The Leavenworth Way of War

History Discussion at CGSC

H203: The Advocate and Air Power

The transformation case study of the US Army Air Corps in the interwar years focused largely on the personality of BG William “Billy” Mitchell.  He has since then been considered one of the “fathers” of the modern US Air Force.  Was he really a positive  force for the transformation of the Air Force?  Could his efforts have been more effective if he had worked inside the structure of the military as did his superior, Major General Mason Patrick, the Chief of the Air Service?

Air power doctrine as advocated by Italian theorist Giulio Douhet, Hugh Trenchard, and Billy Mitchell predicted essentially that decisive strategic effects could be achieved from air.  In other words, air power was capable of winning wars without the assistance of the other services.  This theory has been echoed by modern US Air Force leaders such as Air Force Chiefs of Staffs Michael J. Dugan and Merrill A. McPeak.  These ideas have been detailed in such popular discussions of air strategy as The Air Campaign and Shock and Awe.  Can air power win wars decisively and at low cost in some cases?  If it can not, what capability justifies a separate Air Force?  If it can, does that argue against jointness as central component of US military doctrine?

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December 16, 2016 - Posted by | H200, military history, Professional Military Education | , , , , ,

5 Comments »

  1. Having worked closely with the USAF in the past, it is clear that they still hold to the writings of Douhet and the early work of Mitchell. The Air Force wants to believe that they can win any major conflict and by their doctrine it is easy to see why this is the case. Modeled closely after Douhet, USAF doctrine ultimately attacks the population and infrastructure of a threat nation until the will of the people is broken and they persuade the government to capitulate. This works well when engaging in Clausewitz’s idea of total war but in a contemporary battlefield this may not be the case. Additionally, it can be attractive to conduct an air campaign because that limits the involvement of ground personnel but this does not necessarily mean that it will cost less. Consider the air strikes conducted against ISIS over the last 2+years. With the number of sorties completed, is ISIS any less powerful or influential? What does anyone else think?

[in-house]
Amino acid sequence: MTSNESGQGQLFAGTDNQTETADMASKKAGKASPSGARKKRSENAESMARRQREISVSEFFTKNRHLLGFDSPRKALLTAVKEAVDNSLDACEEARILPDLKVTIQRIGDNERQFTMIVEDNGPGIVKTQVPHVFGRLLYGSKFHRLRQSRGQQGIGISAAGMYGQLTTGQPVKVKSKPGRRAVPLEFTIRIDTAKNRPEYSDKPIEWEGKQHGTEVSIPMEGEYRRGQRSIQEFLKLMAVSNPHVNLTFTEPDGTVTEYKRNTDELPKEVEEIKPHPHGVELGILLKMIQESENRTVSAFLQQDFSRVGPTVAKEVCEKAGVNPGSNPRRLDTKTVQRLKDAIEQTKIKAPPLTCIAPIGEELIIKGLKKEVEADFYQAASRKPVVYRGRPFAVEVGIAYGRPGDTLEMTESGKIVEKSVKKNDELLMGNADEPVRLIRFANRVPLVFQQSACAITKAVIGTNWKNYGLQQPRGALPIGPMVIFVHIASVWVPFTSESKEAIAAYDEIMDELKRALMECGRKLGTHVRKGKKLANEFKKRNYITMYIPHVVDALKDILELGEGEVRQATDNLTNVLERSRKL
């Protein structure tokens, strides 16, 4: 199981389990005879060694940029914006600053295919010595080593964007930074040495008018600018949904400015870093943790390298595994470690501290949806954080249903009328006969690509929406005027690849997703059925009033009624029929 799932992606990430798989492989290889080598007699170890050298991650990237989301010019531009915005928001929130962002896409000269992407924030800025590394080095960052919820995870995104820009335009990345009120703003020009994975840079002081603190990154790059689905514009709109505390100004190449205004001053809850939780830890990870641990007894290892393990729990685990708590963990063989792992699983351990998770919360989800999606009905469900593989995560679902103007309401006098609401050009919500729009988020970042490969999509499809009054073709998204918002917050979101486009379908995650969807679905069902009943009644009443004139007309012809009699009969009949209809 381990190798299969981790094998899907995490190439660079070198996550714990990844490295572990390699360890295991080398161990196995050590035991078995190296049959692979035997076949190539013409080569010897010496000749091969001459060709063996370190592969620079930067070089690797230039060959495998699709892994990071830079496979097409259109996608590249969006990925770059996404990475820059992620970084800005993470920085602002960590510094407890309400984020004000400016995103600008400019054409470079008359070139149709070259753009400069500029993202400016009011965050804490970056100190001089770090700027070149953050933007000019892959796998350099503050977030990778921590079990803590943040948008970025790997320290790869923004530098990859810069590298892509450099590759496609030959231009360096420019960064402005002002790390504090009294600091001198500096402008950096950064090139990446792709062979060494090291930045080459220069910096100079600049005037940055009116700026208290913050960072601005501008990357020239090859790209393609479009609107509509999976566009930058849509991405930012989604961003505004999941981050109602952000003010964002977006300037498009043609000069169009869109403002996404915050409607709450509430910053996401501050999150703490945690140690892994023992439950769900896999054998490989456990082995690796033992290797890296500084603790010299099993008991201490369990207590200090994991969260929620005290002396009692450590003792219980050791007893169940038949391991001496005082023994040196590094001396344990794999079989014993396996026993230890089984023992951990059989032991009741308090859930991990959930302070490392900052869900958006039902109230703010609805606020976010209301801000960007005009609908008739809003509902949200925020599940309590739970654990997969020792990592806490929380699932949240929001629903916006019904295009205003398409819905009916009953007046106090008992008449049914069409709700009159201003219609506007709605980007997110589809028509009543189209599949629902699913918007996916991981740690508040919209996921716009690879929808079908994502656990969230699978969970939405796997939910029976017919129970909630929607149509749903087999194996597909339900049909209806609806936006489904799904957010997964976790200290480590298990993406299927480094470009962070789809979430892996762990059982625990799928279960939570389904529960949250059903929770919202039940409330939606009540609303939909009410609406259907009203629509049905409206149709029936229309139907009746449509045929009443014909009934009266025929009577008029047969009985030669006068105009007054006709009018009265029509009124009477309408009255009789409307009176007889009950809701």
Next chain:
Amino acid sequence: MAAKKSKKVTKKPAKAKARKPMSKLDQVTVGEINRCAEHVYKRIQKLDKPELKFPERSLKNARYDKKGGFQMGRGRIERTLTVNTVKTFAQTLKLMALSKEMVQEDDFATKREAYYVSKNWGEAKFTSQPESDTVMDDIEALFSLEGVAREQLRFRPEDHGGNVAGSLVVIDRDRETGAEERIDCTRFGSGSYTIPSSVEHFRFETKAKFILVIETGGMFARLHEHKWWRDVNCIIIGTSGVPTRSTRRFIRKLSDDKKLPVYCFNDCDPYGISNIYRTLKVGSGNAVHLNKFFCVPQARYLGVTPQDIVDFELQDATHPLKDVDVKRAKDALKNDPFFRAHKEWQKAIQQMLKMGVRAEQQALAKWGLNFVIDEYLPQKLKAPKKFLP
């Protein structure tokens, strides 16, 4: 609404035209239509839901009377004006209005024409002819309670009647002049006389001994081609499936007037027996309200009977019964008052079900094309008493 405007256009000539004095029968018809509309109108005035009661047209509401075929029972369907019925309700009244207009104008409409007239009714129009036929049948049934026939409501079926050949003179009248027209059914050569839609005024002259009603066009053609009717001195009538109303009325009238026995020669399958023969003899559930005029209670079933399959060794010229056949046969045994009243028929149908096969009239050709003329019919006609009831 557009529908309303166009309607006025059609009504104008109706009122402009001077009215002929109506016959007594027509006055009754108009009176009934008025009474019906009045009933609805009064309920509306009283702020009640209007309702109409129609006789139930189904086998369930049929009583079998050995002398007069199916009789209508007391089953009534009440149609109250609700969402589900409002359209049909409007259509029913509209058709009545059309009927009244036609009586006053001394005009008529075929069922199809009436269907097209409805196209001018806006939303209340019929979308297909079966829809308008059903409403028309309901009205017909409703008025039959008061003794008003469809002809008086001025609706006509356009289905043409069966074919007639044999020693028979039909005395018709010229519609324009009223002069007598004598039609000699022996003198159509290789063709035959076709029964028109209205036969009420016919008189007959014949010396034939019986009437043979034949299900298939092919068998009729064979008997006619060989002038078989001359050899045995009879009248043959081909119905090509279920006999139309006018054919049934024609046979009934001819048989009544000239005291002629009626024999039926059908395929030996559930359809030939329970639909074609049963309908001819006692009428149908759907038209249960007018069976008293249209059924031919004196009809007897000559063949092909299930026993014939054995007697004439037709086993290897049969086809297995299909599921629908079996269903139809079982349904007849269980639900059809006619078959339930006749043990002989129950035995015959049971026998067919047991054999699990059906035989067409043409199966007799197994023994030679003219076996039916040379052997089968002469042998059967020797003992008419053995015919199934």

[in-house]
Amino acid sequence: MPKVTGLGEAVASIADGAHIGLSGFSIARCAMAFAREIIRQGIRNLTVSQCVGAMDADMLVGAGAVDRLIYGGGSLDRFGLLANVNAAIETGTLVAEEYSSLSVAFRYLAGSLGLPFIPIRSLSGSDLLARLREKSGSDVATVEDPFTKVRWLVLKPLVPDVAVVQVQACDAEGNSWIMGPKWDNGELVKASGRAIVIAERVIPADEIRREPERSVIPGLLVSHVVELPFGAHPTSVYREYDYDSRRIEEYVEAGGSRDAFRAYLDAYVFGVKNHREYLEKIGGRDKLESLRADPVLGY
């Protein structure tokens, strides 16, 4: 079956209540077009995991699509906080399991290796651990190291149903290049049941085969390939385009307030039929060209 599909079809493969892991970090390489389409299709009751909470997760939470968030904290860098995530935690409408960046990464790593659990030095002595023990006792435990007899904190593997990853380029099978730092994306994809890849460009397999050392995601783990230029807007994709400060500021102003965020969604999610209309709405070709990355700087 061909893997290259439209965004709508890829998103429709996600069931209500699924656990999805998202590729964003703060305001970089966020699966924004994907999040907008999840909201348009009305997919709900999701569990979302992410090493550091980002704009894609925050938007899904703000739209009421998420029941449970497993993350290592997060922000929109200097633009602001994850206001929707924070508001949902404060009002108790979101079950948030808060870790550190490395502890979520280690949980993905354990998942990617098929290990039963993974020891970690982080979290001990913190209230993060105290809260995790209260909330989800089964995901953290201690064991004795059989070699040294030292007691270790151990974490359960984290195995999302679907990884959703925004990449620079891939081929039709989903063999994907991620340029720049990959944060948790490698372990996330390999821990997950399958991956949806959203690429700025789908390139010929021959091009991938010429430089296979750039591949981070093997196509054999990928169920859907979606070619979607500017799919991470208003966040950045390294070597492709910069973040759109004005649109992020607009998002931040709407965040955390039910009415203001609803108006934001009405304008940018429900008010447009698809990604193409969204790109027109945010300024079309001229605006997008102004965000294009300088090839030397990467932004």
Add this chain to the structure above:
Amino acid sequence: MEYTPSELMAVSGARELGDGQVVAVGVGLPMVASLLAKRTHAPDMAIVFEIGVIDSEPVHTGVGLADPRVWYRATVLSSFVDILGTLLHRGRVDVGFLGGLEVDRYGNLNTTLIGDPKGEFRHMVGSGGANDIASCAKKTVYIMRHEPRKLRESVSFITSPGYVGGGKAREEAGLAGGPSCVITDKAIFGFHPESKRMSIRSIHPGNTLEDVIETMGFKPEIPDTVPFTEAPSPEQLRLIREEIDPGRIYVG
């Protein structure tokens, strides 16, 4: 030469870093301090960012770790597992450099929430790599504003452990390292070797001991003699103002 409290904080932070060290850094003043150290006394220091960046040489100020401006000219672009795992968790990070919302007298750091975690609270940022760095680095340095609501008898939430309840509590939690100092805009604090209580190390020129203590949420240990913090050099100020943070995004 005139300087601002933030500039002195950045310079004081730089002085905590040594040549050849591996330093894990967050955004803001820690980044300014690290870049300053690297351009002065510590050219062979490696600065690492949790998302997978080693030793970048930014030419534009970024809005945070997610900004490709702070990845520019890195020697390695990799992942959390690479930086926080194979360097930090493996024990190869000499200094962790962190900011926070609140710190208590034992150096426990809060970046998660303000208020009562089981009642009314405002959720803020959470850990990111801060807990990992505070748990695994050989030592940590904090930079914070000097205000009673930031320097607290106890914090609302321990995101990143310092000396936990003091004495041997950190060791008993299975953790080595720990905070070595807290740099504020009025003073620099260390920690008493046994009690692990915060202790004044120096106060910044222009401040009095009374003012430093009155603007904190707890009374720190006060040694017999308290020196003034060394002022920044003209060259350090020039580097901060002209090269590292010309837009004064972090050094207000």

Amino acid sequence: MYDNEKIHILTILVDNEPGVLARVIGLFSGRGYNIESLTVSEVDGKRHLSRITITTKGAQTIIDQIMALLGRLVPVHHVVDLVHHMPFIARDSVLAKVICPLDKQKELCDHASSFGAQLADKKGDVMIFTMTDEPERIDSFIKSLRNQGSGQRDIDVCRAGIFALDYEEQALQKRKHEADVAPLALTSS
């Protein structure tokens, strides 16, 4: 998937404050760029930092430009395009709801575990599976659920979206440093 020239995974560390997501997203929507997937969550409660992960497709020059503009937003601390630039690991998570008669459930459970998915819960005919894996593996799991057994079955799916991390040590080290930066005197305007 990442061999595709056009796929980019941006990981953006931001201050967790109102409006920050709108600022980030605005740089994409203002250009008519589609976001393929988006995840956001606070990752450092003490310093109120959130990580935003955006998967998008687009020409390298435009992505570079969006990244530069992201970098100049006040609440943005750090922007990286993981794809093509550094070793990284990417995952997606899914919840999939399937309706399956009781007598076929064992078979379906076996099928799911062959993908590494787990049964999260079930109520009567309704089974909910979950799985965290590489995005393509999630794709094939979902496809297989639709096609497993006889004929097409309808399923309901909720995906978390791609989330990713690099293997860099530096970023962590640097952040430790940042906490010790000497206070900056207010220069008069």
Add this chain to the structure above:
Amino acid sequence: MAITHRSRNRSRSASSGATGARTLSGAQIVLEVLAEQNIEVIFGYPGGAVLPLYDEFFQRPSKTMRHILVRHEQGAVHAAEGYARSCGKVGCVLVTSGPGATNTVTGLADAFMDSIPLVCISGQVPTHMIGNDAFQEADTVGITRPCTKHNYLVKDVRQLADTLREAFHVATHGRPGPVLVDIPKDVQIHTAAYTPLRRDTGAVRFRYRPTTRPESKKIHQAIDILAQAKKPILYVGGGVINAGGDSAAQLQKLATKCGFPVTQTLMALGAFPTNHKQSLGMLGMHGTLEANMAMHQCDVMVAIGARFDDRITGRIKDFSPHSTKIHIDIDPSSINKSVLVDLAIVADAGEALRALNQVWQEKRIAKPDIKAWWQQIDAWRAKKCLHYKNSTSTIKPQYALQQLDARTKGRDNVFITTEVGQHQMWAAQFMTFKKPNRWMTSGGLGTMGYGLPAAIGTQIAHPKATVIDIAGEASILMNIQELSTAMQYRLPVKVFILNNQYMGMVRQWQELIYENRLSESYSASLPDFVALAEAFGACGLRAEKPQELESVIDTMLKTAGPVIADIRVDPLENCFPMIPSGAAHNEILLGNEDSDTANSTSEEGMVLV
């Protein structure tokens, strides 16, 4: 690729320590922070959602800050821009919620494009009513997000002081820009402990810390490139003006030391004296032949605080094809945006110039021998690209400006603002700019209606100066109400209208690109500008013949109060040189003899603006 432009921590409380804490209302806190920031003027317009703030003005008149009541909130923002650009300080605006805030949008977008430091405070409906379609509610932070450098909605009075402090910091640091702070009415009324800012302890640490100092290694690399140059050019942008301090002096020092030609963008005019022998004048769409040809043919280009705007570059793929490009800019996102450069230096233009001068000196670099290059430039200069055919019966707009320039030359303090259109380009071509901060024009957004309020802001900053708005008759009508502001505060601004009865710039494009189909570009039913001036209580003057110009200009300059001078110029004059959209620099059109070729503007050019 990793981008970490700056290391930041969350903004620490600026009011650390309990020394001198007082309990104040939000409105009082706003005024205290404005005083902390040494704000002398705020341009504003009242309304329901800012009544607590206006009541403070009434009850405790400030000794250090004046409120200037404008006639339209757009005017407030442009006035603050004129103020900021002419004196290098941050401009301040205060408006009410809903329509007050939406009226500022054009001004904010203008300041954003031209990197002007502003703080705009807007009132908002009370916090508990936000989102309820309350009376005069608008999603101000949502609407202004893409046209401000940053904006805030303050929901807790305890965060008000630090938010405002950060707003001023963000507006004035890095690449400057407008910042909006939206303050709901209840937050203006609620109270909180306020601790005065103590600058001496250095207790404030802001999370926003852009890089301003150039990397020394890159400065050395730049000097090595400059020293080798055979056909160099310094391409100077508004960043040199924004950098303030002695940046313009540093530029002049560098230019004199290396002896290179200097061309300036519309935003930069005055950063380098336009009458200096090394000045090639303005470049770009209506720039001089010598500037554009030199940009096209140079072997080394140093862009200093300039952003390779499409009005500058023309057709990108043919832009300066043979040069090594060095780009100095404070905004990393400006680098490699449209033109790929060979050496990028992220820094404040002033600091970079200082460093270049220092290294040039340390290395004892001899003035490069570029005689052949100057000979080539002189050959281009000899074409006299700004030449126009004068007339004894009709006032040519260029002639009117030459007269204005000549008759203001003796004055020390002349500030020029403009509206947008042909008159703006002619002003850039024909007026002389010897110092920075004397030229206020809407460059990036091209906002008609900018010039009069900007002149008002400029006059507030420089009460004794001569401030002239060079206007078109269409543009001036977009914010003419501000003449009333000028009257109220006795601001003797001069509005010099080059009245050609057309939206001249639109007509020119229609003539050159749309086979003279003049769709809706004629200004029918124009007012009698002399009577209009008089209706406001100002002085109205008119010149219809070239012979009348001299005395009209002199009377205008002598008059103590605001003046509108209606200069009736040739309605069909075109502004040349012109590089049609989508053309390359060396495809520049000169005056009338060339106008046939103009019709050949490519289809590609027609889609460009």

Comment by Justin Reddick | January 4, 2017

  2. Justin, I agree with you. The amount of air strikes, national treasure, and blood invested in Iraq against ISIS have no provided the tactical or strategic gains once envision by the Air Force. Which goes to the heart of the first question asked in the blog. Air power is critical to seize the initiative over the enemy and to balance the combat ratios to our benefit. However, the air component by itself cannot win wars because of its inability to secure terrain and deny the enemy’s freedom of movement on the ground. Again, their contribution to the war efforts are important but building a unified effort with the ground component synergizes overwhelming power. Furthermore, keeping the Air Force as an independent service justifies a greater capacity. Both the Army and the Air Force move at different speeds in time and space whether in combat operations and in peacetime. During the initial years of the GWOT the Army increase the number of personnel with the intention to increase combat power in the battle field. The Air Force also added personnel but it took much longer to build combat power as it takes longer to train pilots. It is this specialized training and air power culture that justifies their service a separate entity.